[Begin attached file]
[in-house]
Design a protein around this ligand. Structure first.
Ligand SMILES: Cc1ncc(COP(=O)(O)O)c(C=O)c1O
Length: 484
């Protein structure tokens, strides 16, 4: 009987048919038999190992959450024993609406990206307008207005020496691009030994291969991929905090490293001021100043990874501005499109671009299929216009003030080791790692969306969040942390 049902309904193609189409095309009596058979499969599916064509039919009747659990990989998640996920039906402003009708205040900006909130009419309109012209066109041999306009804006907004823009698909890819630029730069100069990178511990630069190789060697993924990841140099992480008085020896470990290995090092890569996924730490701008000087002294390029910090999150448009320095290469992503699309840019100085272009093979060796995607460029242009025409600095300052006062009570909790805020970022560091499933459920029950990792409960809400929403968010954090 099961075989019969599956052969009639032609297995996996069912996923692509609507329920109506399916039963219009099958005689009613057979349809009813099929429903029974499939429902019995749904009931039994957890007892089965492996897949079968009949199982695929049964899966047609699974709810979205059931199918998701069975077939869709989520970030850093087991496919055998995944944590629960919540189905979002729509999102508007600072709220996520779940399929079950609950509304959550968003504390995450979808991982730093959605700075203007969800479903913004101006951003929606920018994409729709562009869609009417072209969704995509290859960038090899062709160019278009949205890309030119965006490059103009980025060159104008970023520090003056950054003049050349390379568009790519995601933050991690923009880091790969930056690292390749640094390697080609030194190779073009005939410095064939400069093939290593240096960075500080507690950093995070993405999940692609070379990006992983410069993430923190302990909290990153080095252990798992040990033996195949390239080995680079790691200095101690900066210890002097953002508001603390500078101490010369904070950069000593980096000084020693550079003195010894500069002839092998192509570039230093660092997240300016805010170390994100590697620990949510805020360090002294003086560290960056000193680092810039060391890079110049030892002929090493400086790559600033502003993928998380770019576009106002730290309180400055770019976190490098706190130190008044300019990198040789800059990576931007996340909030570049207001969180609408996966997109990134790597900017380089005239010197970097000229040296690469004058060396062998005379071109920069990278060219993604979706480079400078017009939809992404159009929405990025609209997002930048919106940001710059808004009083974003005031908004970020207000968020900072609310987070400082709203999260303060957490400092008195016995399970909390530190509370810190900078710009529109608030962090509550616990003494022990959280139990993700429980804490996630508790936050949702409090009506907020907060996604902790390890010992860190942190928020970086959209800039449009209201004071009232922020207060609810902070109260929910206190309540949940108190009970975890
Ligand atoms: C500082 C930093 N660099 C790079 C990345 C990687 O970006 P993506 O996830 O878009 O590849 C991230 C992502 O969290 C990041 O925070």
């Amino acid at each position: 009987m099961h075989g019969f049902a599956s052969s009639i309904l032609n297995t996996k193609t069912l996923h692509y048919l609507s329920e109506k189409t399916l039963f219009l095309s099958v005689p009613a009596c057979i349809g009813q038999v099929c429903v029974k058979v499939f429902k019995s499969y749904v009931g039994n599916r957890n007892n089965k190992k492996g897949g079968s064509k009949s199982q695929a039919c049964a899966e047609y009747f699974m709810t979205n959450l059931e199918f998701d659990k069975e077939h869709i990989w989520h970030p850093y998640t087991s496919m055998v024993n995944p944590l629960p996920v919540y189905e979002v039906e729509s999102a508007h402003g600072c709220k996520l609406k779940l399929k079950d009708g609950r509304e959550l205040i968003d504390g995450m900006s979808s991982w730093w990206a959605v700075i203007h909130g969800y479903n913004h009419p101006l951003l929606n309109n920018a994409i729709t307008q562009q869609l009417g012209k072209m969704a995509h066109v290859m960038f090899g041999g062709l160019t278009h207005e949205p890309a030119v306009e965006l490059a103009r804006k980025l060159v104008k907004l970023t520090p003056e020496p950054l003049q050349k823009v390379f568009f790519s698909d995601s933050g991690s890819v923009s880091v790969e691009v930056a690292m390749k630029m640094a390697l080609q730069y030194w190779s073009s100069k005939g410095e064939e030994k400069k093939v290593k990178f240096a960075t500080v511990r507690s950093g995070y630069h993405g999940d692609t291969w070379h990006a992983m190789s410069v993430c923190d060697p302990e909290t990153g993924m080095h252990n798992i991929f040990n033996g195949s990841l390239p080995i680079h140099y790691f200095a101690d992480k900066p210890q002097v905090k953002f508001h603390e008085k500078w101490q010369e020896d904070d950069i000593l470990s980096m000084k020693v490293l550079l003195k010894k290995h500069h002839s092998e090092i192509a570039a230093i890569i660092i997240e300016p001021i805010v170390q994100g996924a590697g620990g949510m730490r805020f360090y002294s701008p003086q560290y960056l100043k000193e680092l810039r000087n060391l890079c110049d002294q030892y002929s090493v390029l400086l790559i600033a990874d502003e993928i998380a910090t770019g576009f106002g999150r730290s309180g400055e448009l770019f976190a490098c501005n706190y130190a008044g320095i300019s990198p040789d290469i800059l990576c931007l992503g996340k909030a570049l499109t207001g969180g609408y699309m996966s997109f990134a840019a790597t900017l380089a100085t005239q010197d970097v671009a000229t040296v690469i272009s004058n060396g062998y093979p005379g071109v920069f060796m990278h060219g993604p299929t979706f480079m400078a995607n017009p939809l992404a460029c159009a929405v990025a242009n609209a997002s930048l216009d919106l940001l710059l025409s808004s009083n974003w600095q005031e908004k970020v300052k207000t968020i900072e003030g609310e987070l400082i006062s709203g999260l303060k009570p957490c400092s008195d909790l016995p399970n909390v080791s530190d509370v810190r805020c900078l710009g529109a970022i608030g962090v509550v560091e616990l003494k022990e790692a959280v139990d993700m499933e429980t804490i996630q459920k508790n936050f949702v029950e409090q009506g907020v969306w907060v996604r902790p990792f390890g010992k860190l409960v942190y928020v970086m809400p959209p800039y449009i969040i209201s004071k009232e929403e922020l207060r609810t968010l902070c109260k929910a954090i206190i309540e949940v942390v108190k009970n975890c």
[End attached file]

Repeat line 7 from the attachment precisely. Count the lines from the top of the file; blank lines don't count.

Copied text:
């Amino acid at each position: 009987m099961h075989g019969f049902a599956s052969s009639i309904l032609n297995t996996k193609t069912l996923h692509y048919l609507s329920e109506k189409t399916l039963f219009l095309s099958v005689p009613a009596c057979i349809g009813q038999v099929c429903v029974k058979v499939f429902k019995s499969y749904v009931g039994n599916r957890n007892n089965k190992k492996g897949g079968s064509k009949s199982q695929a039919c049964a899966e047609y009747f699974m709810t979205n959450l059931e199918f998701d659990k069975e077939h869709i990989w989520h970030p850093y998640t087991s496919m055998v024993n995944p944590l629960p996920v919540y189905e979002v039906e729509s999102a508007h402003g600072c709220k996520l609406k779940l399929k079950d009708g609950r509304e959550l205040i968003d504390g995450m900006s979808s991982w730093w990206a959605v700075i203007h909130g969800y479903n913004h009419p101006l951003l929606n309109n920018a994409i729709t307008q562009q869609l009417g012209k072209m969704a995509h066109v290859m960038f090899g041999g062709l160019t278009h207005e949205p890309a030119v306009e965006l490059a103009r804006k980025l060159v104008k907004l970023t520090p003056e020496p950054l003049q050349k823009v390379f568009f790519s698909d995601s933050g991690s890819v923009s880091v790969e691009v930056a690292m390749k630029m640094a390697l080609q730069y030194w190779s073009s100069k005939g410095e064939e030994k400069k093939v290593k990178f240096a960075t500080v511990r507690s950093g995070y630069h993405g999940d692609t291969w070379h990006a992983m190789s410069v993430c923190d060697p302990e909290t990153g993924m080095h252990n798992i991929f040990n033996g195949s990841l390239p080995i680079h140099y790691f200095a101690d992480k900066p210890q002097v905090k953002f508001h603390e008085k500078w101490q010369e020896d904070d950069i000593l470990s980096m000084k020693v490293l550079l003195k010894k290995h500069h002839s092998e090092i192509a570039a230093i890569i660092i997240e300016p001021i805010v170390q994100g996924a590697g620990g949510m730490r805020f360090y002294s701008p003086q560290y960056l100043k000193e680092l810039r000087n060391l890079c110049d002294q030892y002929s090493v390029l400086l790559i600033a990874d502003e993928i998380a910090t770019g576009f106002g999150r730290s309180g400055e448009l770019f976190a490098c501005n706190y130190a008044g320095i300019s990198p040789d290469i800059l990576c931007l992503g996340k909030a570049l499109t207001g969180g609408y699309m996966s997109f990134a840019a790597t900017l380089a100085t005239q010197d970097v671009a000229t040296v690469i272009s004058n060396g062998y093979p005379g071109v920069f060796m990278h060219g993604p299929t979706f480079m400078a995607n017009p939809l992404a460029c159009a929405v990025a242009n609209a997002s930048l216009d919106l940001l710059l025409s808004s009083n974003w600095q005031e908004k970020v300052k207000t968020i900072e003030g609310e987070l400082i006062s709203g999260l303060k009570p957490c400092s008195d909790l016995p399970n909390v080791s530190d509370v810190r805020c900078l710009g529109a970022i608030g962090v509550v560091e616990l003494k022990e790692a959280v139990d993700m499933e429980t804490i996630q459920k508790n936050f949702v029950e409090q009506g907020v969306w907060v996604r902790p990792f390890g010992k860190l409960v942190y928020v970086m809400p959209p800039y449009i969040i209201s004071k009232e929403e922020l207060r609810t968010l902070c109260k929910a954090i206190i309540e949940v942390v108190k009970n975890c």